FDIC sues WaMu execs and their wives,Puget Sound Business Journal -

Vatic Note:  That is not the only fraudulent thing WaMu has done.   They take student loan payments for years,  and never record they have been paid, and then wait past the time accepted for keeping your records to prove you paid them,  then they turn it into the Student loan gov guarantee services and get paid for an unpaid student loan.   Then the government comes after the student who paid years ago but now dumped the records from the 15 years ago when it was paid off..... and thus cannot prove they paid them.  They and DSC are crooks.  I would be happy to go to court and so prove they are crooks, becuase it happened to me.  I hope they all go down.... I will celebrate.  Remember, Seattle is also where the vaccine depopulation advocate lives, Bill Gates.  The town is full of cretins like this.... amazing psychopaths with no conscience. 

FDIC sues WaMu execs and their wives,Puget Sound Business Journal -

by Kirsten Grind ,Date: Thursday, March 17, 2011, 9:05am PDT - Last Modified: Thursday, March 17, 2011, 2:28pm PDT,   Puget Sound Business Journal

The Federal Deposit Insurance Corp. filed suit against former executives of Washington Mutual, including former CEO Kerry Killinger, former President Steve Rotella, and their wives, in a case that seeks to recover unspecified damages at trial.

The suit, filed in the U.S. District Court in Western Washington, also seeks to freeze the estates of the Killingers and Rotellas. It also names David Schneider, the former head of WaMu's home loans division, who now works at JPMorgan Chase.

Earlier, the FDIC said it would seek $1 billion in damages, but the amount wasn't specified in the suit.

In its 63-page complaint, the FDIC said that it’s suing the former, “highly-paid” WaMu executives to hold them responsible for losses in WaMu’s mortgage division. WaMu was closed by the federal Office of Thrift Supervision and its assets turned over to the FDIC in September 2008, marking the largest bank failure in U.S. history.

The complaint alleges that Killinger, Rotella and Schneider caused WaMu “to take extreme and historically unprecedented risks with WaMu’s held-for-investment home loans portfolio. They focused on short term gains to increase their own compensation, with reckless disregard for WaMu’s longer term safety and soundness.”

The executives and their attorneys could not immediately be reached for comment. In a statement, the FDIC said it files suits against former officers, directors and other professionals of failed institutions “when the case has merit and is expected to be cost effective.”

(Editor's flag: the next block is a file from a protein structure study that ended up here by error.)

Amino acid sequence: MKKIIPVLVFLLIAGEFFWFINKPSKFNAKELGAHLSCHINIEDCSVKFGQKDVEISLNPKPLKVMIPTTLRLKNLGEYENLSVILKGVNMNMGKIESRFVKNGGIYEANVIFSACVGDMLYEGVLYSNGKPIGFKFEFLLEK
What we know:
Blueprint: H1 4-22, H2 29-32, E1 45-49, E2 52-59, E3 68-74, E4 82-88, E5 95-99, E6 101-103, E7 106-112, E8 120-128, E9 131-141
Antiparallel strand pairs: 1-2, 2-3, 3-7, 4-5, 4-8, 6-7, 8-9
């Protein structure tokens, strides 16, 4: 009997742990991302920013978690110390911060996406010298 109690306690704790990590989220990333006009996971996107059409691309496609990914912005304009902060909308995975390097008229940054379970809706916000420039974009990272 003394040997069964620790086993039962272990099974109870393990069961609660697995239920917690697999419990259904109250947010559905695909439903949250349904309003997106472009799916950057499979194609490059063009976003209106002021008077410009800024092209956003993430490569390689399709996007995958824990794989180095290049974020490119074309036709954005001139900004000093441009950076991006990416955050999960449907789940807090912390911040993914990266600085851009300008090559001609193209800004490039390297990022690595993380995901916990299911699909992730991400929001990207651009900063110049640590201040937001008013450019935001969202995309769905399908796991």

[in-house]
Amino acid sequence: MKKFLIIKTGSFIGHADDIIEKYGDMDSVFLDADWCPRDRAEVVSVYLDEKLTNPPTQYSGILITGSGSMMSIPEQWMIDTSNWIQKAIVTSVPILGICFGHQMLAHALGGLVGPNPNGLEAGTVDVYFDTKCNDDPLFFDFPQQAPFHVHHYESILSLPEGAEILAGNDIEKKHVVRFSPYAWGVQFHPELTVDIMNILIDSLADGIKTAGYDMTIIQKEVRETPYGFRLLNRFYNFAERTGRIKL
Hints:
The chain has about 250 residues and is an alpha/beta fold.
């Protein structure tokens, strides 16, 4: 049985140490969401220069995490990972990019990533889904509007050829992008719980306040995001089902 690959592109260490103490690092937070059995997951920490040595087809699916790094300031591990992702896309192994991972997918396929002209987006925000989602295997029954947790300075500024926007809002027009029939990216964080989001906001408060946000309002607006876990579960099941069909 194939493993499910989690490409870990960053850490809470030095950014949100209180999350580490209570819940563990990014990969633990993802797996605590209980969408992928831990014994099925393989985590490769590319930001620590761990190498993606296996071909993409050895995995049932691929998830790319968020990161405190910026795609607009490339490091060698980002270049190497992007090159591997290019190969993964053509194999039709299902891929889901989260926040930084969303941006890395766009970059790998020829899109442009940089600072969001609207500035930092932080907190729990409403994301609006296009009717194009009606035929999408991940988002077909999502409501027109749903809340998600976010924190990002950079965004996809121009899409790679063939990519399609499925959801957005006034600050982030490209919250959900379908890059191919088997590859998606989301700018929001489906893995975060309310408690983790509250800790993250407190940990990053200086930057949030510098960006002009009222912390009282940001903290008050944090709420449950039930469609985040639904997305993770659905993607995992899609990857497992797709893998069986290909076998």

“This is done on behalf of creditors of the failed institution,” the FDIC said in its statement. “The FDIC investigates every failure to determine whether there is a solid basis for legal action and a sound source for recovery.”

The suit does not specify damages, although the FDIC previously said it would seek to recover up to $1 billion from all three former WaMu executives.

The suit also alleges that Killinger and his wife, Linda, sought to defraud WaMu’s creditors by transferring their multimillion-dollar home in Palm Beach, Calif., into two personal trusts in August of 2008, a month before the bank failed. Linda Killinger was appointed trustee of those accounts. Killinger also transferred half of the couple’s property in the Highlands area of Seattle into a trust in Linda Killinger’s name.

Both these actions were “made with actual intent to hinder, delay or defraud Kerry Killinger’s present and future creditors,” the FDIC suit alleges. The government agency notes that Killinger faced numerous lawsuits at the time, and WaMu had lost more than $9 billion in a bank run.

Similarily, the suit alleges that Rotella and his wife, Esther, transferred their house in Orient, N.Y., into two residential trusts in the spring of 2008, and Rotella also transferred $1 million to Esther Rotella after WaMu failed, according to the complaint. The suit alleges that “… the transfers were not disclosed to or were concealed from his present and future creditors.”

KIRSTEN GRIND covers banking, finance and residential real estate for the Puget Sound Business Journal. She is currently on book leave.

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